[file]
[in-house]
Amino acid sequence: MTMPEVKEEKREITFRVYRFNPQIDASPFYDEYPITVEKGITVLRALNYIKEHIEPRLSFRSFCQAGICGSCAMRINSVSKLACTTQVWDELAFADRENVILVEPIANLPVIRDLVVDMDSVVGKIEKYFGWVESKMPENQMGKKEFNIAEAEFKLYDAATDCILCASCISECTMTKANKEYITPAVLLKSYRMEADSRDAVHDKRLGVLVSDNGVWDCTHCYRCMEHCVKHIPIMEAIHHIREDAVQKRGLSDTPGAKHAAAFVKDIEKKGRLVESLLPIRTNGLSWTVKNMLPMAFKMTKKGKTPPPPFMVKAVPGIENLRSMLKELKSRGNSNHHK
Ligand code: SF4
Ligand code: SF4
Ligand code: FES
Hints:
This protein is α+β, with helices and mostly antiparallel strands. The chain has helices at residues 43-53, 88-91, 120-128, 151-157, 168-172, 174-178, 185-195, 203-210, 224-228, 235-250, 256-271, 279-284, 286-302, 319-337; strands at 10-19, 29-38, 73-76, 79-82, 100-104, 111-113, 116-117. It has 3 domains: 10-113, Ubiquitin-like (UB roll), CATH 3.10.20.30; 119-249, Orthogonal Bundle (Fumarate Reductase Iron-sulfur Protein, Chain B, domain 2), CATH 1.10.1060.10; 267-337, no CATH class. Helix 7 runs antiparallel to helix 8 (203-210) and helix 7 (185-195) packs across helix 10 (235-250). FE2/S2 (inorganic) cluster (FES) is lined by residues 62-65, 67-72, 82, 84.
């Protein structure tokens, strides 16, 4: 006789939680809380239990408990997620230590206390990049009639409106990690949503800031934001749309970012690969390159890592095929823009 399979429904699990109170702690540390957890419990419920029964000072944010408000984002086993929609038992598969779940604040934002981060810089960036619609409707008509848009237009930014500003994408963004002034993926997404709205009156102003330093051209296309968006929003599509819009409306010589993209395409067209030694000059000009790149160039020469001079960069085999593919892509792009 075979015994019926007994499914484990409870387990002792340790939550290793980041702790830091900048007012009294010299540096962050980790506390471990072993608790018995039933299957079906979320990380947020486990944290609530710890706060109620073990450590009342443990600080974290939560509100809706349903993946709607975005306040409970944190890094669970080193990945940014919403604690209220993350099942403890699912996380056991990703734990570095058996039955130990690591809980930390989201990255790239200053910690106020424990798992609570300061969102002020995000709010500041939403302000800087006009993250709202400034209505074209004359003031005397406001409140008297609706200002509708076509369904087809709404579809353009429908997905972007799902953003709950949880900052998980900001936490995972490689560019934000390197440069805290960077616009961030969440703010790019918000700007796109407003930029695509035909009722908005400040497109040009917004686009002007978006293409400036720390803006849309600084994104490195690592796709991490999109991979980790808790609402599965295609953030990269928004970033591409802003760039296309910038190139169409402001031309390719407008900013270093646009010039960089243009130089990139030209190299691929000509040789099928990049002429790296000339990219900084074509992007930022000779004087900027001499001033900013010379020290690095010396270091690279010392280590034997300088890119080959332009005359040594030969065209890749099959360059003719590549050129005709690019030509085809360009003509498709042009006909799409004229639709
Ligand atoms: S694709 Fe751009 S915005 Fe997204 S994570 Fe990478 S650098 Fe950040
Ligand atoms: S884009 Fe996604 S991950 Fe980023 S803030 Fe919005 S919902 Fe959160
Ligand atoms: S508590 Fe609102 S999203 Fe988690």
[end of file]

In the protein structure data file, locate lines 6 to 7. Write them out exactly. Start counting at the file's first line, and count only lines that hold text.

Hints:
This protein is α+β, with helices and mostly antiparallel strands. The chain has helices at residues 43-53, 88-91, 120-128, 151-157, 168-172, 174-178, 185-195, 203-210, 224-228, 235-250, 256-271, 279-284, 286-302, 319-337; strands at 10-19, 29-38, 73-76, 79-82, 100-104, 111-113, 116-117. It has 3 domains: 10-113, Ubiquitin-like (UB roll), CATH 3.10.20.30; 119-249, Orthogonal Bundle (Fumarate Reductase Iron-sulfur Protein, Chain B, domain 2), CATH 1.10.1060.10; 267-337, no CATH class. Helix 7 runs antiparallel to helix 8 (203-210) and helix 7 (185-195) packs across helix 10 (235-250). FE2/S2 (inorganic) cluster (FES) is lined by residues 62-65, 67-72, 82, 84.